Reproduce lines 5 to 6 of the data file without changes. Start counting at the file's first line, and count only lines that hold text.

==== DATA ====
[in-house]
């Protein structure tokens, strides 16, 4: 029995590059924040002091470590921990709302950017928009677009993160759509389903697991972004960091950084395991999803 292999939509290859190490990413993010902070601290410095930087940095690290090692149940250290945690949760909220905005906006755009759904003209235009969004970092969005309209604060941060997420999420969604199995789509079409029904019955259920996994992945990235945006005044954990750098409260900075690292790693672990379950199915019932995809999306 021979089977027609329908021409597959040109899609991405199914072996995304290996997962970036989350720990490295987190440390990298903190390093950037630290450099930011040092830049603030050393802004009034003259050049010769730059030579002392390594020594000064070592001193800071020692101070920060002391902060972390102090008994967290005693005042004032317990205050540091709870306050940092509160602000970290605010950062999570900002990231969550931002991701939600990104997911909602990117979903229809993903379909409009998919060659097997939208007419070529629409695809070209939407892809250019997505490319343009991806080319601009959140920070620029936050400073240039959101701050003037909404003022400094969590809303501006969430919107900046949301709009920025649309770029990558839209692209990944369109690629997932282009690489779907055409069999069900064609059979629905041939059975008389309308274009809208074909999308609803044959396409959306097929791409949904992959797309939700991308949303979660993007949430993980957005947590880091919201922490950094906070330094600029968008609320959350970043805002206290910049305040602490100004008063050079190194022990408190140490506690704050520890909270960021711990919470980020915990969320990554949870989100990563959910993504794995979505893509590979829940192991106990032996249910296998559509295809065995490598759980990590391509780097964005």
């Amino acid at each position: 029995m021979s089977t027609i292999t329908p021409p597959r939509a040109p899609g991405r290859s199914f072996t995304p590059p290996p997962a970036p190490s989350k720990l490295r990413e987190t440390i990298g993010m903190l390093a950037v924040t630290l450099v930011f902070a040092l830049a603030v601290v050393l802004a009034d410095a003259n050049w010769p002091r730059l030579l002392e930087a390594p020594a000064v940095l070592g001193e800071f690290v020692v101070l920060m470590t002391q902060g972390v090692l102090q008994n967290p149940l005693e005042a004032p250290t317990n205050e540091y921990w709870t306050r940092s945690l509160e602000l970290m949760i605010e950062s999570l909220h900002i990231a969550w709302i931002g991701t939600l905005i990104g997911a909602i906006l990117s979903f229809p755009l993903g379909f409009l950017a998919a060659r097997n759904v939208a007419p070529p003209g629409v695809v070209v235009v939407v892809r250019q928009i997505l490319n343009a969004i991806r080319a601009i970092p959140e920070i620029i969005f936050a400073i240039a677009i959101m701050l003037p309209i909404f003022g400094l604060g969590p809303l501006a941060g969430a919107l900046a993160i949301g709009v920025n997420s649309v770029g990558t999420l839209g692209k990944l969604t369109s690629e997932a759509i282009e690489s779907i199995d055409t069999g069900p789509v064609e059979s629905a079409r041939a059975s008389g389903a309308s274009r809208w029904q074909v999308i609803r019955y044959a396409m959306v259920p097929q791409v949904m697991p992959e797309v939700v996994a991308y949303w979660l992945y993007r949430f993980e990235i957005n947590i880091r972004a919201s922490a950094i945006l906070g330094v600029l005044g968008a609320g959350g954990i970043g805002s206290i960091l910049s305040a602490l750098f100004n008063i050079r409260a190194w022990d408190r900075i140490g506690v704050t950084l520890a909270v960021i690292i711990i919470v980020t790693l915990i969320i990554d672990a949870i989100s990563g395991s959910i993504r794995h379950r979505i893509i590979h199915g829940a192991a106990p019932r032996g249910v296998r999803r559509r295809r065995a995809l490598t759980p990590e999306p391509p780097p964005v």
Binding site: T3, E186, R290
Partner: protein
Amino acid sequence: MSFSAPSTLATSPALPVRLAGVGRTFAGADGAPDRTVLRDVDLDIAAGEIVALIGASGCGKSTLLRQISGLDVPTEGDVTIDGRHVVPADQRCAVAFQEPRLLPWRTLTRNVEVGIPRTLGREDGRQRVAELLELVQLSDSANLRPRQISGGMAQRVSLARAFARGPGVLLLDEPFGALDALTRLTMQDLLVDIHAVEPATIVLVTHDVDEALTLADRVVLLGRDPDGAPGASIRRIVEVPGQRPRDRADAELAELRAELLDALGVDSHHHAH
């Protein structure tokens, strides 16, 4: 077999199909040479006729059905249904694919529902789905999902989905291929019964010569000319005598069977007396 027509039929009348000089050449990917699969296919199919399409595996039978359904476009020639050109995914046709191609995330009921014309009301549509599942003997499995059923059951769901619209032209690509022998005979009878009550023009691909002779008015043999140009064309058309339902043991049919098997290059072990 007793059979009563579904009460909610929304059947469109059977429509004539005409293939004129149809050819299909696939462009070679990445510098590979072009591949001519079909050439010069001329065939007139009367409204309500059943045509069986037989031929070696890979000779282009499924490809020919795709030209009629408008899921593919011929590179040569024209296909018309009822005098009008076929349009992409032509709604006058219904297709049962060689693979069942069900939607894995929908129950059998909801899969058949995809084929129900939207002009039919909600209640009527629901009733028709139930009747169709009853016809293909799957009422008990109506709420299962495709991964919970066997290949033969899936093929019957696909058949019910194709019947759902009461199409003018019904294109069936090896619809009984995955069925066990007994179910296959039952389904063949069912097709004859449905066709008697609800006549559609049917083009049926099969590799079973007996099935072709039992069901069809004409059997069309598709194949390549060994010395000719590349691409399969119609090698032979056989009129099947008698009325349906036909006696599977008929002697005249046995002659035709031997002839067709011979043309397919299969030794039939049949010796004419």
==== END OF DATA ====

Partner: protein
Amino acid sequence: MSFSAPSTLATSPALPVRLAGVGRTFAGADGAPDRTVLRDVDLDIAAGEIVALIGASGCGKSTLLRQISGLDVPTEGDVTIDGRHVVPADQRCAVAFQEPRLLPWRTLTRNVEVGIPRTLGREDGRQRVAELLELVQLSDSANLRPRQISGGMAQRVSLARAFARGPGVLLLDEPFGALDALTRLTMQDLLVDIHAVEPATIVLVTHDVDEALTLADRVVLLGRDPDGAPGASIRRIVEVPGQRPRDRADAELAELRAELLDALGVDSHHHAH